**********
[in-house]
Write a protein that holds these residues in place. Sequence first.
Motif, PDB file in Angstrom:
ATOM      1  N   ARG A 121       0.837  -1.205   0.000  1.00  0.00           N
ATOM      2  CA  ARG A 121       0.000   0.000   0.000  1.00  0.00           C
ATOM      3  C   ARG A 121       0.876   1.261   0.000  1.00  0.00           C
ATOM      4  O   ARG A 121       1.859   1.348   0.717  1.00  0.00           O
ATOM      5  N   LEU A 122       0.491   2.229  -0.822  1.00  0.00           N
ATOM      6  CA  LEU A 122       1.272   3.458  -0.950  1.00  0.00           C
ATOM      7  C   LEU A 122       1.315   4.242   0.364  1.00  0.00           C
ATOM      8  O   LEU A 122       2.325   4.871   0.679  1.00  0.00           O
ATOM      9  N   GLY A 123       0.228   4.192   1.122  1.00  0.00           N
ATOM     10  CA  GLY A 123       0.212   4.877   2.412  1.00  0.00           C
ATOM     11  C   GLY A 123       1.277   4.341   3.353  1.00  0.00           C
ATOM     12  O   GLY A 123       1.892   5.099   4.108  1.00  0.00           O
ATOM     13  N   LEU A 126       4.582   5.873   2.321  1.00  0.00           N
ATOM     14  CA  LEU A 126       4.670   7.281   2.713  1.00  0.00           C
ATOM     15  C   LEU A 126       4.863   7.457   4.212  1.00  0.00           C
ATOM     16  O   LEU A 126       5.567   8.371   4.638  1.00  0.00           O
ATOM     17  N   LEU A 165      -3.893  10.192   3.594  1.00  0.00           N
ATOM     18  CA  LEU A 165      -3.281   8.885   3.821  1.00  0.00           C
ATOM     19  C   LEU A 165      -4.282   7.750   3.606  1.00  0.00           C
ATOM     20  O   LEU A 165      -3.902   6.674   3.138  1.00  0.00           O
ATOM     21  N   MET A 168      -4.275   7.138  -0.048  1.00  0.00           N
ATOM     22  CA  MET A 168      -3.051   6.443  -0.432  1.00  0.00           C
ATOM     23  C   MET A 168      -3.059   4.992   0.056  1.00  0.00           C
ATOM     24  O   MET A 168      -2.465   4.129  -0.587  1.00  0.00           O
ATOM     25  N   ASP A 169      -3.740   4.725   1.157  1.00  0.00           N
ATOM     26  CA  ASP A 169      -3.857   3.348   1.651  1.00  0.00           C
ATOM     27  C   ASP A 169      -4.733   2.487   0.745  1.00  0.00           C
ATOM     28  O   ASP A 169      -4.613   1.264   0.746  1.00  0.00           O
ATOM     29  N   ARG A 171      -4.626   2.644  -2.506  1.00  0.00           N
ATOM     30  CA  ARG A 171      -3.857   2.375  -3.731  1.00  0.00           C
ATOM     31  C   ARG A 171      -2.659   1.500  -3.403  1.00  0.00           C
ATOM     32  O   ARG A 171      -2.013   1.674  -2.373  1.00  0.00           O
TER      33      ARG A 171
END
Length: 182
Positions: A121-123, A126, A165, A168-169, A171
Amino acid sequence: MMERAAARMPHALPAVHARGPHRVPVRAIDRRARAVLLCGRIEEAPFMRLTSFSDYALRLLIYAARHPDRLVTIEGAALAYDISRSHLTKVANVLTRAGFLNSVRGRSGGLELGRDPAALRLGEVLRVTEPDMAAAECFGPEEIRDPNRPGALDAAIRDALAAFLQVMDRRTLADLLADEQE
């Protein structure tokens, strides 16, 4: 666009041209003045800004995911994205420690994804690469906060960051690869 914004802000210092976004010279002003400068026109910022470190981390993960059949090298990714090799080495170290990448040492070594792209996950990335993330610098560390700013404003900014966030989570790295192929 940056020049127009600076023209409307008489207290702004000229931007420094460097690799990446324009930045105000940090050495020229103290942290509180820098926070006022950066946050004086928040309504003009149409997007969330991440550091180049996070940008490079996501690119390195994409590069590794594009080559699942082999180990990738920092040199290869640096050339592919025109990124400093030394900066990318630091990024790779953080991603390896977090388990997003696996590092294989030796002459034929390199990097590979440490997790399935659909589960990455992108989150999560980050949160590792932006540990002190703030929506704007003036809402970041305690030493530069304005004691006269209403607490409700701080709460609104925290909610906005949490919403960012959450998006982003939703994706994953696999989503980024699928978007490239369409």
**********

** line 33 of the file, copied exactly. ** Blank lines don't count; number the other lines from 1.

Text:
ATOM     30  CA  ARG A 171      -3.857   2.375  -3.731  1.00  0.00           C